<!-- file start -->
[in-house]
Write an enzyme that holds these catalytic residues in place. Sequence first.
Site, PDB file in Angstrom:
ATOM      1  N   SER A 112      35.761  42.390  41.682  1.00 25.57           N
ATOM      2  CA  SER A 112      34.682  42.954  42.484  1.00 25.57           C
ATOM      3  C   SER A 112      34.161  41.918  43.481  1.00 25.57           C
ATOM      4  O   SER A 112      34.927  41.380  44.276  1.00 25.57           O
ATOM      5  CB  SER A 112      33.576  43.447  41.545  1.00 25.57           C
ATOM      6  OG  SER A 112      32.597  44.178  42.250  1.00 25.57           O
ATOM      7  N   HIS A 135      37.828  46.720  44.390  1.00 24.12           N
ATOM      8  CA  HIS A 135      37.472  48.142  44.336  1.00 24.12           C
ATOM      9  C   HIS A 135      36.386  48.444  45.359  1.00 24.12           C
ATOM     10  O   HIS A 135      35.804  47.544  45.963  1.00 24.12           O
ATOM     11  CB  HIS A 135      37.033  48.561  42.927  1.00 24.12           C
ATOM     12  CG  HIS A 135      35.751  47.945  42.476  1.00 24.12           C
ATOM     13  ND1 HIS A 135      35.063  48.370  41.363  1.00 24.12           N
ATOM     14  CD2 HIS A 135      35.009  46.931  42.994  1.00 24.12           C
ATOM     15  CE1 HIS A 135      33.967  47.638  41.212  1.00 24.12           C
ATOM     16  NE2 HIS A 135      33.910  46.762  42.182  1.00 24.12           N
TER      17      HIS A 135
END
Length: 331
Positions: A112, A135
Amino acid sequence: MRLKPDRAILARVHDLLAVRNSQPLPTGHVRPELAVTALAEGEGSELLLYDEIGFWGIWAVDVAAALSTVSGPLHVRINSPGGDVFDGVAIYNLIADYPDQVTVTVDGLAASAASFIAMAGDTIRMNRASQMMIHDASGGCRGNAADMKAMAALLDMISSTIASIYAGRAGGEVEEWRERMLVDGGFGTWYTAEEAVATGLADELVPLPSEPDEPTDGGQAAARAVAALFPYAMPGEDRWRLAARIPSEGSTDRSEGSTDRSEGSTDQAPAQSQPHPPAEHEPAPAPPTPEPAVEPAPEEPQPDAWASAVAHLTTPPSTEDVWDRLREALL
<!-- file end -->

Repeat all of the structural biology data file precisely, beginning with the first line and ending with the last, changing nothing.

[in-house]
Write an enzyme that holds these catalytic residues in place. Sequence first.
Site, PDB file in Angstrom:
ATOM      1  N   SER A 112      35.761  42.390  41.682  1.00 25.57           N
ATOM      2  CA  SER A 112      34.682  42.954  42.484  1.00 25.57           C
ATOM      3  C   SER A 112      34.161  41.918  43.481  1.00 25.57           C
ATOM      4  O   SER A 112      34.927  41.380  44.276  1.00 25.57           O
ATOM      5  CB  SER A 112      33.576  43.447  41.545  1.00 25.57           C
ATOM      6  OG  SER A 112      32.597  44.178  42.250  1.00 25.57           O
ATOM      7  N   HIS A 135      37.828  46.720  44.390  1.00 24.12           N
ATOM      8  CA  HIS A 135      37.472  48.142  44.336  1.00 24.12           C
ATOM      9  C   HIS A 135      36.386  48.444  45.359  1.00 24.12           C
ATOM     10  O   HIS A 135      35.804  47.544  45.963  1.00 24.12           O
ATOM     11  CB  HIS A 135      37.033  48.561  42.927  1.00 24.12           C
ATOM     12  CG  HIS A 135      35.751  47.945  42.476  1.00 24.12           C
ATOM     13  ND1 HIS A 135      35.063  48.370  41.363  1.00 24.12           N
ATOM     14  CD2 HIS A 135      35.009  46.931  42.994  1.00 24.12           C
ATOM     15  CE1 HIS A 135      33.967  47.638  41.212  1.00 24.12           C
ATOM     16  NE2 HIS A 135      33.910  46.762  42.182  1.00 24.12           N
TER      17      HIS A 135
END
Length: 331
Positions: A112, A135
Amino acid sequence: MRLKPDRAILARVHDLLAVRNSQPLPTGHVRPELAVTALAEGEGSELLLYDEIGFWGIWAVDVAAALSTVSGPLHVRINSPGGDVFDGVAIYNLIADYPDQVTVTVDGLAASAASFIAMAGDTIRMNRASQMMIHDASGGCRGNAADMKAMAALLDMISSTIASIYAGRAGGEVEEWRERMLVDGGFGTWYTAEEAVATGLADELVPLPSEPDEPTDGGQAAARAVAALFPYAMPGEDRWRLAARIPSEGSTDRSEGSTDRSEGSTDQAPAQSQPHPPAEHEPAPAPPTPEPAVEPAPEEPQPDAWASAVAHLTTPPSTEDVWDRLREALL